For the easier method below, I scanned the two completed pieces of embroidery. All you have to do is print out this page onto a sheet of iron-on transfer paper. You can get iron-on transfer paper at any office supply store or online. As you can see, the image below is reversed so that when you iron it onto fabric, the final result will read correctly. Once printed onto transfer paper, cut out around each image, leaving a border for stitching. Iron each image onto fabric, following package instructions for your transfer paper. Choose backing material and place the fabric with the photo transfer image face-down on your backing material. Stitch around the border leaving about a one-inch opening. Turn the doll through the opening so that it is right side out. Stuff the doll through the opening. Turn under edges of the opening and stitch together from the outside.


Tuesday, December 20, 2016

Nasty Little Women's Wear: An Evolving Textile Piece


Still evolving...

This evolving, interactive textile was created for the show, "Deep Darkness: Cracks of Light" at 1824 5th Street in Berkeley, running Dec. 20-24 and 27-31 from 1 to 6 p.m. each day—a creative reaction by a cross-section of artists to the political and seasonal darkness that is December 2016. My concept for the show was inspired by the "empathy walls" that sprang up around the Bay Area immediately after the election, with people sharing their emotions, frustrations and fears with masses of post-it notes in public spaces. I also wanted to include the safety pin meme that sprang up post-Brexit in England and post-election in the US, a signal that the wearer is prepared to step-in and protect the vulnerable in society, and "You are safe with me."

The concept

The result is a dress for a five-year-old child, created entirely of recycled men's shirts, hand-stitched and hand-embroidered.

Dress front

The word "not" has been hand-embroidered repeatedly across the bodice. Originally this indicated "Not my president," but the concept itself evolved to incorporate Bernie Sander's quote, "Despair is not an option."

Embroidered bodice

Dress back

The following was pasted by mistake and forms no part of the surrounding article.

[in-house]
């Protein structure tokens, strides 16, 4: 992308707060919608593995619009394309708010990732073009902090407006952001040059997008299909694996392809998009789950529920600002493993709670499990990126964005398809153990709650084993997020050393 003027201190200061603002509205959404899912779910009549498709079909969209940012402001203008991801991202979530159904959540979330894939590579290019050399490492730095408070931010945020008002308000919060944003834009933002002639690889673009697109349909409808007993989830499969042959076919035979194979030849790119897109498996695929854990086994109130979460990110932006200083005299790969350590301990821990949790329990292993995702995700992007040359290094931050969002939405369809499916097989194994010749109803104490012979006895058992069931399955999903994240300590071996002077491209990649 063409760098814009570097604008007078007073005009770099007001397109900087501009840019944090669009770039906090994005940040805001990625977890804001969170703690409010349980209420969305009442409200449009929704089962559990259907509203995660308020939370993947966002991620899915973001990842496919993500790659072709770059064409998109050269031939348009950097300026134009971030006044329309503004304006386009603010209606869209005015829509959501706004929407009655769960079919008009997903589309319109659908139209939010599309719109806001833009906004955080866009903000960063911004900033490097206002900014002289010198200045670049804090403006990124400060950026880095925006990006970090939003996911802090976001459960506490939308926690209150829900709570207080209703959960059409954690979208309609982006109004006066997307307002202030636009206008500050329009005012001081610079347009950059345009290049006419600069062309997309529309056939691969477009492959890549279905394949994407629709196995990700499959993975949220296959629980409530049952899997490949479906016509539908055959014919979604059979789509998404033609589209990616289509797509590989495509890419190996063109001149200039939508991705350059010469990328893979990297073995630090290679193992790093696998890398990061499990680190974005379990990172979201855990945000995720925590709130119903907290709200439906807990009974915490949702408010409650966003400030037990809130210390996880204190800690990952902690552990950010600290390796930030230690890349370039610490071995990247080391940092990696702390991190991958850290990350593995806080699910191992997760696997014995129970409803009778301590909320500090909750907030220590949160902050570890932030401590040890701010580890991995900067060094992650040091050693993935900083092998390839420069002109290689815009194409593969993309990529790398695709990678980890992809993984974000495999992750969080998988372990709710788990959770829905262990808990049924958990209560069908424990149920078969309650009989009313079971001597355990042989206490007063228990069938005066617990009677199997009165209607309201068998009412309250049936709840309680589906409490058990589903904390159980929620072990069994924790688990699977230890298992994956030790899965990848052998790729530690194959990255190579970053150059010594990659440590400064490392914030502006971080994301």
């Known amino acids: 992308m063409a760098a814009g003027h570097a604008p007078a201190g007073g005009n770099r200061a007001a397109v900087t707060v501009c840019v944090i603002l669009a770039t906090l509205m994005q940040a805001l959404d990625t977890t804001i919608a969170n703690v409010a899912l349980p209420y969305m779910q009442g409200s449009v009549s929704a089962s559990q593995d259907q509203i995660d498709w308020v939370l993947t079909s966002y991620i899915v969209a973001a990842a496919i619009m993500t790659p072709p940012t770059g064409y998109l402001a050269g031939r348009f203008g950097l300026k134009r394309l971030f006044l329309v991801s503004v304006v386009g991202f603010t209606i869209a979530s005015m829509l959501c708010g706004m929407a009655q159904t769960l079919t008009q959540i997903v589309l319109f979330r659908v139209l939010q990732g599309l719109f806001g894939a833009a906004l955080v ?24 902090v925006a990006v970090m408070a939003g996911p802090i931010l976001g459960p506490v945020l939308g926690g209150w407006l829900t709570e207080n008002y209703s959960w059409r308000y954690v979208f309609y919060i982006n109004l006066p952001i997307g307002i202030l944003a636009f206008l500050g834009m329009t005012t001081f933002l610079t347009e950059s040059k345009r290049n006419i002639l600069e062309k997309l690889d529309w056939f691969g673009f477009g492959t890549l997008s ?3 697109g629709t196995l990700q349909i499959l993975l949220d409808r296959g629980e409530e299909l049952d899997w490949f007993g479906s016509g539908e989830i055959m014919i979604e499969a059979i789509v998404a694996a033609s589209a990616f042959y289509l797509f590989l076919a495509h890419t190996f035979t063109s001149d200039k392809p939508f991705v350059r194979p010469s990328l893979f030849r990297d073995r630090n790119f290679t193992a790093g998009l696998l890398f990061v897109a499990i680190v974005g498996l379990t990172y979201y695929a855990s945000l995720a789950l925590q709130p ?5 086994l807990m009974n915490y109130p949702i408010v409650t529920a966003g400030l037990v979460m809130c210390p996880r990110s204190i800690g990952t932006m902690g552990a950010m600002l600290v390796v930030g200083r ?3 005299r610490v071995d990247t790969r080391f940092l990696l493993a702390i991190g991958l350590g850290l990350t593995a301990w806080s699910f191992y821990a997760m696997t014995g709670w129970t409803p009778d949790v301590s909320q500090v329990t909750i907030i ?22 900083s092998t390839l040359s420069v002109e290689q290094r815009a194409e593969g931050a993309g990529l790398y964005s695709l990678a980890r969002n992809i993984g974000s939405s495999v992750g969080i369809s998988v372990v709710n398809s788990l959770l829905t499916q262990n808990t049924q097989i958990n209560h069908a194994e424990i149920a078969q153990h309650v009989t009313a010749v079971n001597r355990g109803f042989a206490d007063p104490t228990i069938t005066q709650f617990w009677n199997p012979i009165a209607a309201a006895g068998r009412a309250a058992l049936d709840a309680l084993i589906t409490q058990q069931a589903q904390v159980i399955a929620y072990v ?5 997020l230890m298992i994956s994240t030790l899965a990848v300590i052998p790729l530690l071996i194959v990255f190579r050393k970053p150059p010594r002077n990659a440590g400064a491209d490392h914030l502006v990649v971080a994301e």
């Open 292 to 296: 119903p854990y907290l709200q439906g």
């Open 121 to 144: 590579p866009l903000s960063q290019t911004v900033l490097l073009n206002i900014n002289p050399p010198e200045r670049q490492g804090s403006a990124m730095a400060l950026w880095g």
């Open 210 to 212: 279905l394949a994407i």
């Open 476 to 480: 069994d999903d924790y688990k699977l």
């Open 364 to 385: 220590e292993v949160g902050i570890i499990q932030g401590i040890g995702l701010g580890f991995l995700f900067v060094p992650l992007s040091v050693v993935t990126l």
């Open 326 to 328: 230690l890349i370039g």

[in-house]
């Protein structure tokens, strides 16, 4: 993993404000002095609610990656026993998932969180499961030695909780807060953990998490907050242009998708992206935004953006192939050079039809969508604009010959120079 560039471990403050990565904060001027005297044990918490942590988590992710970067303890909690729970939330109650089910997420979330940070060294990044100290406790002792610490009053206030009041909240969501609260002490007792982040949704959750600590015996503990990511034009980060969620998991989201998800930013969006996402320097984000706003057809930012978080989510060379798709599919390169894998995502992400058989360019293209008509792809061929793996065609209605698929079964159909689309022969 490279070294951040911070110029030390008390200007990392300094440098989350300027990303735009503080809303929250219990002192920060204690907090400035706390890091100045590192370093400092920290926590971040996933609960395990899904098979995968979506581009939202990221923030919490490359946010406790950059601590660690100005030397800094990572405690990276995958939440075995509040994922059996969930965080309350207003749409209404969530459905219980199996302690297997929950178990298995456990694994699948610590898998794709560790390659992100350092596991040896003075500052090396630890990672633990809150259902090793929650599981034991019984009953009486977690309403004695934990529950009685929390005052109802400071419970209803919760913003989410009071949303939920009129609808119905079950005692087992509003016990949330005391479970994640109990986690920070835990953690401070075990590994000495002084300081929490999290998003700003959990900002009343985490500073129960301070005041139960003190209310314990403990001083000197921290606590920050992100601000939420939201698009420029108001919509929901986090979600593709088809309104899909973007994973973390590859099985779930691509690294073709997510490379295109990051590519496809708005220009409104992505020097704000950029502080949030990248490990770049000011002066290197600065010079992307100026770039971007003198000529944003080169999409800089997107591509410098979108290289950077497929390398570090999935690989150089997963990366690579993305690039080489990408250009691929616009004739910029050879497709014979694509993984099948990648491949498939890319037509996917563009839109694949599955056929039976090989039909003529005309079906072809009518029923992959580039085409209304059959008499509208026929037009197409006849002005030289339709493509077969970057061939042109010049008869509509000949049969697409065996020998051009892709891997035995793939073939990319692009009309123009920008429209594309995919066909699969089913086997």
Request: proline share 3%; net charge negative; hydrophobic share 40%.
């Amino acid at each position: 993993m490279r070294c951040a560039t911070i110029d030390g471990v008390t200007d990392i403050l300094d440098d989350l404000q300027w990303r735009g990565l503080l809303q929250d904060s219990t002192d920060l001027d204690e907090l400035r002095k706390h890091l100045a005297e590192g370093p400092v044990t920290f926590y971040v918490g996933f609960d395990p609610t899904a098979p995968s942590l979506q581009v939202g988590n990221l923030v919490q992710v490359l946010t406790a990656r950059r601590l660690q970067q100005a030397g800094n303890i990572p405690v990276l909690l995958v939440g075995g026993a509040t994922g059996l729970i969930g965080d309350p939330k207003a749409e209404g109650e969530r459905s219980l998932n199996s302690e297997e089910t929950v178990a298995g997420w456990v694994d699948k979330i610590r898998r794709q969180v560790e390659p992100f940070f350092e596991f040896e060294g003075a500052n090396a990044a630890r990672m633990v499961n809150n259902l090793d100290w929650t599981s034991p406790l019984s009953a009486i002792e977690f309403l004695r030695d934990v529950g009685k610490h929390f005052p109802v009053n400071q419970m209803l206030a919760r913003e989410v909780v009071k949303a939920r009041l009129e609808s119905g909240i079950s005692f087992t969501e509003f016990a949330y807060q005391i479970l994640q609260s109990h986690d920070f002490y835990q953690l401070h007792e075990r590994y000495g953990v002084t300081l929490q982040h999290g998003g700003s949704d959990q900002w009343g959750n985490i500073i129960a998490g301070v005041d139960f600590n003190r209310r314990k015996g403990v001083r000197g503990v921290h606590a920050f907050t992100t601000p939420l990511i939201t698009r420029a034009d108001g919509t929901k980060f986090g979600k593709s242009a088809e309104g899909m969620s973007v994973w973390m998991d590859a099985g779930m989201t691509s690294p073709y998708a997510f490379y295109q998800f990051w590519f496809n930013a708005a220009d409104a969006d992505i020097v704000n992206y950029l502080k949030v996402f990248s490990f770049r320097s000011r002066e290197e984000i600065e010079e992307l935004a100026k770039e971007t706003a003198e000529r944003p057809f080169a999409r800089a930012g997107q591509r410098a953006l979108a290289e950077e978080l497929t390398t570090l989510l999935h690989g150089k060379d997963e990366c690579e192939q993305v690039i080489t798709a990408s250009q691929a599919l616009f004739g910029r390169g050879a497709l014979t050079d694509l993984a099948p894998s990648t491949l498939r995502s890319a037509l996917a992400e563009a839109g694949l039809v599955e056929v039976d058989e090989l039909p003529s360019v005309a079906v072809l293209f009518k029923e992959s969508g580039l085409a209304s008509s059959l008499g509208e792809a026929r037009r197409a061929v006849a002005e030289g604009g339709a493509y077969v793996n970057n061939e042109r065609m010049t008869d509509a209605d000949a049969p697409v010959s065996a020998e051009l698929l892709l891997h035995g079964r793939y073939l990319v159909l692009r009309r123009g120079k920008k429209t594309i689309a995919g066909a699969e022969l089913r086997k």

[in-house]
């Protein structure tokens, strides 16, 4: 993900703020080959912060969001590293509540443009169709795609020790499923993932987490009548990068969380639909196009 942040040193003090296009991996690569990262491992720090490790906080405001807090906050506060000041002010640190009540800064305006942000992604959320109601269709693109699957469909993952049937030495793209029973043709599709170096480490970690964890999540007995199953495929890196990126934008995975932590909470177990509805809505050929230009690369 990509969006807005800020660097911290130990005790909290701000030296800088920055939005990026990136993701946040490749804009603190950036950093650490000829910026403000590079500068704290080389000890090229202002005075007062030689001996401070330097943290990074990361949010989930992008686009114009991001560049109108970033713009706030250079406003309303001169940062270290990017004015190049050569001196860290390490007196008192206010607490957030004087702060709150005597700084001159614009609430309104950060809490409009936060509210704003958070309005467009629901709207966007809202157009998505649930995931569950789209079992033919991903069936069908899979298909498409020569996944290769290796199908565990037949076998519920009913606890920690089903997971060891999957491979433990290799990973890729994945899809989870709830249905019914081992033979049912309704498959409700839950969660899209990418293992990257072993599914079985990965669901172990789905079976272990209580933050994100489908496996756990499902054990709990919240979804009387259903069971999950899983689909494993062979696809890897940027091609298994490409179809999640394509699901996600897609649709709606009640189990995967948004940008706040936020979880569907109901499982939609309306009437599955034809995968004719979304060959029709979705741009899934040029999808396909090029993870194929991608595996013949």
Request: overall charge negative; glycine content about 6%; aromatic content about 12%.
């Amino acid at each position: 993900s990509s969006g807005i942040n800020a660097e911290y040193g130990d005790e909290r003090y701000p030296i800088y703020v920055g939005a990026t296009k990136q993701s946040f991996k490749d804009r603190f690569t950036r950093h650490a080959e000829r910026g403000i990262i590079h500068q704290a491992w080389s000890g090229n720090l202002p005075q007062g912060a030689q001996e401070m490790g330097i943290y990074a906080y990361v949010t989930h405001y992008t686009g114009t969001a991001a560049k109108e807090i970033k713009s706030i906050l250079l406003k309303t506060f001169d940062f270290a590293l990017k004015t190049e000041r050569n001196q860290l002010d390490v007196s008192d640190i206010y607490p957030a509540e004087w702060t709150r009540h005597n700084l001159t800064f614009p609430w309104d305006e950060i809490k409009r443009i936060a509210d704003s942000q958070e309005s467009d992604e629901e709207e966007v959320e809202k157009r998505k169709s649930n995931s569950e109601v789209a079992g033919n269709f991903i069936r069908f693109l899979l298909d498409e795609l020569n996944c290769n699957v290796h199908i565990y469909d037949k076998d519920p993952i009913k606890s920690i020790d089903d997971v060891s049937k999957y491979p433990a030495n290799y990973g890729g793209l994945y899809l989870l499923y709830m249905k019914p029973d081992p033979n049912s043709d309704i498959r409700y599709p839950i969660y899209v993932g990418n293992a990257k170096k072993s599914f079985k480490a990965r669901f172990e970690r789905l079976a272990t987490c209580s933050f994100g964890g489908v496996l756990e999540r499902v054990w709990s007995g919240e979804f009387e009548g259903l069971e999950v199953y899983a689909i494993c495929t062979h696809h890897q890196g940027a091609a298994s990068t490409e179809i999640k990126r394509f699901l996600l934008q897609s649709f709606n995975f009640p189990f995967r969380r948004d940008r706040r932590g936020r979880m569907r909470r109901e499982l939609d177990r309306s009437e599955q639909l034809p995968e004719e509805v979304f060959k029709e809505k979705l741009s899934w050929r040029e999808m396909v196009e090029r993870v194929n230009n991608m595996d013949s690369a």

A clothing tag modeled after the kind of tag you'd find on a garment in a retail store contains some of the signage for the piece.

Clothing tag

Close-up of label

If you use a smart phone to read the QR code on the label, you'll be able to read: "Despair is not an option."

More signage is included on the materials accompanying the interactive piece—the scraps of fabric for participants' contributions, and the tin of safety pins.

Instructions

Safety pins

Below is the final piece on day one of the show. 

Starting to evolve...

Early post

Post by a 7-year-old child

I will add a photo of the final, evolved piece at the end of the show. Come down and see it develop if you are in the area.



Tuesday, November 29, 2016

Dialogue Pins for Troubled Times: Not My President (With Bonus Postcards!)


The "not" pins

After mulling over my own reaction to the events of Tuesday, November 8, I started thinking in terms of communication and dialogue and began making stuff accordingly.

First up is the "not" pin, made from paper, an old tin can lid, and a pin-backing that costs about ten cents (sold in packs of ten to 12 in various sizes at any craft/hobby/jewelry findings store). Here is what it looks like from the front:

Pin front
And here is what it looks like from the back:

Pin back

The original idea was that I would wear the pin, wait until someone asked me what it was or what it meant. Then I would tell them the copy on the back. If they appeared to like the message (and the pin) I would give it to them. If they did not appear to like the message I would have a dialogue with them.

Things have almost immediately gotten out of hand. As I give away a pin others gather and want one also. I am running out of my stash of tin can lids and have sent out a call for more. If you would like to make your own "not" pins, see the Tin Can Frames Tutorial on this blog. For a template for the copy for front and back of the pins, get a free download at "Not" Pin Templates. This could make an ideal present for all of the depressed folks on your gift list this 2016 holiday season.

Meanwhile, I had created a postcard for Donald Trump (Donald Trump c/o The Trump Organization, 725 Fifth Avenue, New York, New York 10022) for the "Postcard Avalanche" on November 26-28, and decided to make additional copies and give those away also. The idea is that instead of sitting around feeling frustrated, angry, depressed, and powerless, you might as well exercise your free speech while we still have it and let Donald Trump know what is on your mind and what your concerns are before he becomes inaugurated.

Postcard front

Postcard back

To print postcards of your own you will find a free download at my Postcard to Trump template. Just print them up and start giving them away (and if you're really nice, put postcard postage on the cards before you do so — a small investment in free speech and taking a stand).